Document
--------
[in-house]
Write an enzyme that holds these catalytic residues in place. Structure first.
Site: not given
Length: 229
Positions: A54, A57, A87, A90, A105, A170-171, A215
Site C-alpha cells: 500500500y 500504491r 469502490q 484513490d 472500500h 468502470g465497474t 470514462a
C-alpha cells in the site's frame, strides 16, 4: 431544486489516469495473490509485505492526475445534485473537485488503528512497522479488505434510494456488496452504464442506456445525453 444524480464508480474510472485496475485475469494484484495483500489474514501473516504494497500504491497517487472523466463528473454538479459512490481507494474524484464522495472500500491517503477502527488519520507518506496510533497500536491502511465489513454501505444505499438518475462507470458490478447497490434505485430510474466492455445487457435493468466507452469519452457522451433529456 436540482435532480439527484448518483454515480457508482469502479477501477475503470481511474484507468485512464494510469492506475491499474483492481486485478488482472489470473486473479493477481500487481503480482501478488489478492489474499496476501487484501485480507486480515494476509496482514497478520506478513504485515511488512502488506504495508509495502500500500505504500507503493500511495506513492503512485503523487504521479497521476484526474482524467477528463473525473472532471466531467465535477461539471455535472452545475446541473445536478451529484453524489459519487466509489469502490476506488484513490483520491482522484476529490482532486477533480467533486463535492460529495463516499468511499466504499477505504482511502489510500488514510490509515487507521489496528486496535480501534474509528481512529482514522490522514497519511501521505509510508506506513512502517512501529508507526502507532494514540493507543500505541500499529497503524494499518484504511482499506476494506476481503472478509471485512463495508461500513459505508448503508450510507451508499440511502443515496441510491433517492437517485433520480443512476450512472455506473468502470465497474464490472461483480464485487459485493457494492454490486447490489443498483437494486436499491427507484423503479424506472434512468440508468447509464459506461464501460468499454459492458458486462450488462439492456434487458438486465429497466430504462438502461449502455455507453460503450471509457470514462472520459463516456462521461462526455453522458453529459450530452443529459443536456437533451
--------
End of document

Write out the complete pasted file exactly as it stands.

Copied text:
[in-house]
Write an enzyme that holds these catalytic residues in place. Structure first.
Site: not given
Length: 229
Positions: A54, A57, A87, A90, A105, A170-171, A215
Site C-alpha cells: 500500500y 500504491r 469502490q 484513490d 472500500h 468502470g465497474t 470514462a
C-alpha cells in the site's frame, strides 16, 4: 431544486489516469495473490509485505492526475445534485473537485488503528512497522479488505434510494456488496452504464442506456445525453 444524480464508480474510472485496475485475469494484484495483500489474514501473516504494497500504491497517487472523466463528473454538479459512490481507494474524484464522495472500500491517503477502527488519520507518506496510533497500536491502511465489513454501505444505499438518475462507470458490478447497490434505485430510474466492455445487457435493468466507452469519452457522451433529456 436540482435532480439527484448518483454515480457508482469502479477501477475503470481511474484507468485512464494510469492506475491499474483492481486485478488482472489470473486473479493477481500487481503480482501478488489478492489474499496476501487484501485480507486480515494476509496482514497478520506478513504485515511488512502488506504495508509495502500500500505504500507503493500511495506513492503512485503523487504521479497521476484526474482524467477528463473525473472532471466531467465535477461539471455535472452545475446541473445536478451529484453524489459519487466509489469502490476506488484513490483520491482522484476529490482532486477533480467533486463535492460529495463516499468511499466504499477505504482511502489510500488514510490509515487507521489496528486496535480501534474509528481512529482514522490522514497519511501521505509510508506506513512502517512501529508507526502507532494514540493507543500505541500499529497503524494499518484504511482499506476494506476481503472478509471485512463495508461500513459505508448503508450510507451508499440511502443515496441510491433517492437517485433520480443512476450512472455506473468502470465497474464490472461483480464485487459485493457494492454490486447490489443498483437494486436499491427507484423503479424506472434512468440508468447509464459506461464501460468499454459492458458486462450488462439492456434487458438486465429497466430504462438502461449502455455507453460503450471509457470514462472520459463516456462521461462526455453522458453529459450530452443529459443536456437533451